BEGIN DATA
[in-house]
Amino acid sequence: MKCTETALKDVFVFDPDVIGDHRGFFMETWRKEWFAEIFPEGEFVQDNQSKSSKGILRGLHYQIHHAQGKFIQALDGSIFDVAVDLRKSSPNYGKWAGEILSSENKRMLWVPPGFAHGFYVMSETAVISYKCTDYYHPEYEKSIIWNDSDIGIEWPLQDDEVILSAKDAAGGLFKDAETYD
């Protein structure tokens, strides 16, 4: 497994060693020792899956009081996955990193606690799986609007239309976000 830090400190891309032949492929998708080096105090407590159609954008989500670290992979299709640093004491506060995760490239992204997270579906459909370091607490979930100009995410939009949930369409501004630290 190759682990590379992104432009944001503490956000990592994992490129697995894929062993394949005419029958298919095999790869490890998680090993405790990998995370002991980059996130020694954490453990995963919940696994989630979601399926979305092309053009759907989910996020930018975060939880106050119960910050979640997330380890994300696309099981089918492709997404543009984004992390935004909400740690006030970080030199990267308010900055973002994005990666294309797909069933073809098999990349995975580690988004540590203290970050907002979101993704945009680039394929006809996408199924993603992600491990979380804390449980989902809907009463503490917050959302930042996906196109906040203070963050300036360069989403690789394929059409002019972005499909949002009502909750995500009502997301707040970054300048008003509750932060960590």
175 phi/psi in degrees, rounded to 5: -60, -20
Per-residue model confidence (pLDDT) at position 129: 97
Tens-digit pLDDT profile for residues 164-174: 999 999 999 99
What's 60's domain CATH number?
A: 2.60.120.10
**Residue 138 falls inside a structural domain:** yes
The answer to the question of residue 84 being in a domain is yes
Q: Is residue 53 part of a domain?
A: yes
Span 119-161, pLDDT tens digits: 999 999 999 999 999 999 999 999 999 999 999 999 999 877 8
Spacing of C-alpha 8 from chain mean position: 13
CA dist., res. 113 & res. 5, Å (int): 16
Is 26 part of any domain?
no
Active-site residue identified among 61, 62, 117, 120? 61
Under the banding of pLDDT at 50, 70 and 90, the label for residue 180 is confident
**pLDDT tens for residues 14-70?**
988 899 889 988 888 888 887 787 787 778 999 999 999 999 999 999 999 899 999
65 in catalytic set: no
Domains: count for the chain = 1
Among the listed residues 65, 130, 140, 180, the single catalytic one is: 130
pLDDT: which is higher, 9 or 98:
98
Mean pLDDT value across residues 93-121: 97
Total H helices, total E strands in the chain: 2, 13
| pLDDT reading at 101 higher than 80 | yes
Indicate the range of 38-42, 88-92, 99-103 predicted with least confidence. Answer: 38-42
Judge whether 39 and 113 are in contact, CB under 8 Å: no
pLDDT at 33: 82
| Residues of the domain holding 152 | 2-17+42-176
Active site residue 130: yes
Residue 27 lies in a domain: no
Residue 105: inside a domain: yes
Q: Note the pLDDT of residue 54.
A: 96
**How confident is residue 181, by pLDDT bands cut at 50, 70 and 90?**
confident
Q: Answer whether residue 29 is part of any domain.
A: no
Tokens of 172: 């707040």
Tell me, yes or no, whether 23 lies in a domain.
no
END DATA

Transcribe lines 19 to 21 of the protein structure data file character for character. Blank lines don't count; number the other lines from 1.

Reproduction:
Under the banding of pLDDT at 50, 70 and 90, the label for residue 180 is confident
**pLDDT tens for residues 14-70?**
988 899 889 988 888 888 887 787 787 778 999 999 999 999 999 999 999 899 999